Stanley Cup Finals 2012: The Man Who Most Deserves His Name on the Cup

Adam Rickert@adam_rickertAnalyst IIMay 29, 2012

NEWARK, NJ - MAY 06: (l-r) Head coach Peter DeBoer and assistant coach Adam Oates of the New Jersey Devils handle bench duties against the Philadelphia Flyers in Game Four of the Eastern Conference Semifinals during the 2012 NHL Stanley Cup Playoffs at Prudential Center on May 6, 2012 in Newark, New Jersey. The Devils defeated the Flyers 4-2.  (Photo by Bruce Bennett/Getty Images)
Bruce Bennett/Getty Images

Every hockey player's dream is to have his name engraved into Lord Stanley's Cup.

Hockey players dream of it as a kid, playing hockey on the pond and pretending to score the Cup-winning goal. They continue on throughout their hockey careers, winning Pee-Wee and Squirt championships before playing hockey in high school and eventually making it to the greatest stage in hockey: the NHL. Yet, none of the championships in minor leagues or children's league that they had won before matter at all.

The only trophy in hockey that matters is the Stanley Cup.

The Cup seems to have its way of creating miraculous stories. Ray Bourque and Dave Andreychuk, for example, are some players who had to wait until their forties to finally accomplish their dreams.

Yet, the Cup seems to elude some players throughout their careers no matter how well they perform on the ice; players such as Pat LaFontaine, Jeremy Roenick and Marcel Dionne.

...and Adam Oates.

Oates played in 22 NHL seasons from 1985/1986 through 2003/2004. He is currently sixth in all-time assists with 1,079 and has more playoff points than any other NHL player or former NHL player who is not currently a member of the Hockey Hall of Fame. He also became the oldest player to lead the league in assists in the 2001/2002 season, as he tallied 64 assists at the age of 39.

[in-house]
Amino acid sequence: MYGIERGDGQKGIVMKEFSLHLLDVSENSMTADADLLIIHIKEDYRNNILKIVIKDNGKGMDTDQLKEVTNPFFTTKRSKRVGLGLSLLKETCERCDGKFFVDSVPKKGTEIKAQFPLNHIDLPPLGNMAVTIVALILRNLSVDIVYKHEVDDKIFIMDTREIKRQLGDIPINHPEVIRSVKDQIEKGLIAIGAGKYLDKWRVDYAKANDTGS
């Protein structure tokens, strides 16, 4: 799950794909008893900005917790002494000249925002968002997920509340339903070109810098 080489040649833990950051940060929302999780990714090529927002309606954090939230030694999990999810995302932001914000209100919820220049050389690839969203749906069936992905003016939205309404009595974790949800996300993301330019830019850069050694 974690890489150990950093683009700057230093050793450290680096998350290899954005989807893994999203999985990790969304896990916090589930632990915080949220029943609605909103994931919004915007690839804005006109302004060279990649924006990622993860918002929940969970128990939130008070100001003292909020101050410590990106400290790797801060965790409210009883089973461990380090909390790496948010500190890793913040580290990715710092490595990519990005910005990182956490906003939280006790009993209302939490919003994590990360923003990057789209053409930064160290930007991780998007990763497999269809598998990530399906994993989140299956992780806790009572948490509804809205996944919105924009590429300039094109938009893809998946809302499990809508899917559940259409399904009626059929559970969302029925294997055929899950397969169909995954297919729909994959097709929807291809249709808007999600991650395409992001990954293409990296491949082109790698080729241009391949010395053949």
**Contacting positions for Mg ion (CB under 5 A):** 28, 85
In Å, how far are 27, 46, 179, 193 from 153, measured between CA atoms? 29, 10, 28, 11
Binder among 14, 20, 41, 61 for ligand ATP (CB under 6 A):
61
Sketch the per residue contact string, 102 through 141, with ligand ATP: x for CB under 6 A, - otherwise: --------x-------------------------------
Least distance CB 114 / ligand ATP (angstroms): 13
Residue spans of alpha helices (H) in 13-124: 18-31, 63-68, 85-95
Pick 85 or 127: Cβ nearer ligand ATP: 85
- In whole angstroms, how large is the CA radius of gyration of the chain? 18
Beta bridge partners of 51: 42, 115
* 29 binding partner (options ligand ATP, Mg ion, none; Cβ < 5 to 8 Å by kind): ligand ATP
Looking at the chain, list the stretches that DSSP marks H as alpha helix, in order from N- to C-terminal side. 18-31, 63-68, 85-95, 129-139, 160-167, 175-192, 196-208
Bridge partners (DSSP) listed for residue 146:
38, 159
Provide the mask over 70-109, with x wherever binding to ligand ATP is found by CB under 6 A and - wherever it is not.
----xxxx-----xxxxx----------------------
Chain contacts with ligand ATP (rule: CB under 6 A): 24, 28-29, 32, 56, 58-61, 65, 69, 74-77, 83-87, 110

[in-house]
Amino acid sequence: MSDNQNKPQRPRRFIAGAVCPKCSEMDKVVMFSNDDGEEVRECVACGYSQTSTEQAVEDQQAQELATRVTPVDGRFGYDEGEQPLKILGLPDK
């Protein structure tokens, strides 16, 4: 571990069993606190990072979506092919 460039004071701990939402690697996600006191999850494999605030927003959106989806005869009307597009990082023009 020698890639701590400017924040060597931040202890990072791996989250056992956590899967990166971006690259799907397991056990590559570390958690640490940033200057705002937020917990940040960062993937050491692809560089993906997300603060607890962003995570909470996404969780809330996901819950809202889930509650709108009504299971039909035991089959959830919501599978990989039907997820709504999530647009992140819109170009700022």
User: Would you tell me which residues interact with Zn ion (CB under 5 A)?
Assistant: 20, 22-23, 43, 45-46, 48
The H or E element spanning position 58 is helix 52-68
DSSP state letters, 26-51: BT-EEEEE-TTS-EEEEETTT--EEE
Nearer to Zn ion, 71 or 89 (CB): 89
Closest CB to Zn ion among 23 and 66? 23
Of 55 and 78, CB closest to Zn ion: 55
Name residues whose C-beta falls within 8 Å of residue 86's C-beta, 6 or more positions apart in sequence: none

However, Oates also holds another record that is as impressive as it is unfortunate.

Oates has the most playoff points of any player who has not won the Stanley Cup.

He made it to two Stanley Cup Finals in his career—1998 as a member of the Washington Capitals, who lost to the Detroit Red Wings, and 2003 as a member of the Mighty Ducks of Anaheim, who lost to the New Jersey Devils.

After playing the 2003/2004 season with the Edmonton Oilers, Oates decided to hang up his skates at the age of 41 with his name still missing from the Cup.

For the 2009/2010 season, Oates began a new career as the new assistant coach for the Tampa Bay Lightning. The next season, he joined the coaching staff of the New Jersey Devils, where he still remains today.

With New Jersey's improbable run to the Stanley Cup Final, Oates now has another chance to get his name engraved in the greatest trophy in sports. Any hockey fan would love to see Oates finally get this honor, as arguably no player in history has earned it more than he has.

Remember, the Los Angeles Kings franchise has been around since 1967 and still has no names engraved in the Stanley Cup, so there will be a feel-good story from this year's Stanley Cup Final either way.

But, as far as individuals are concerned, no hockey fan could be upset if Adam Oates finally has the opportunity to do what he has dreamed of doing ever since he was a child: raise the Stanley Cup.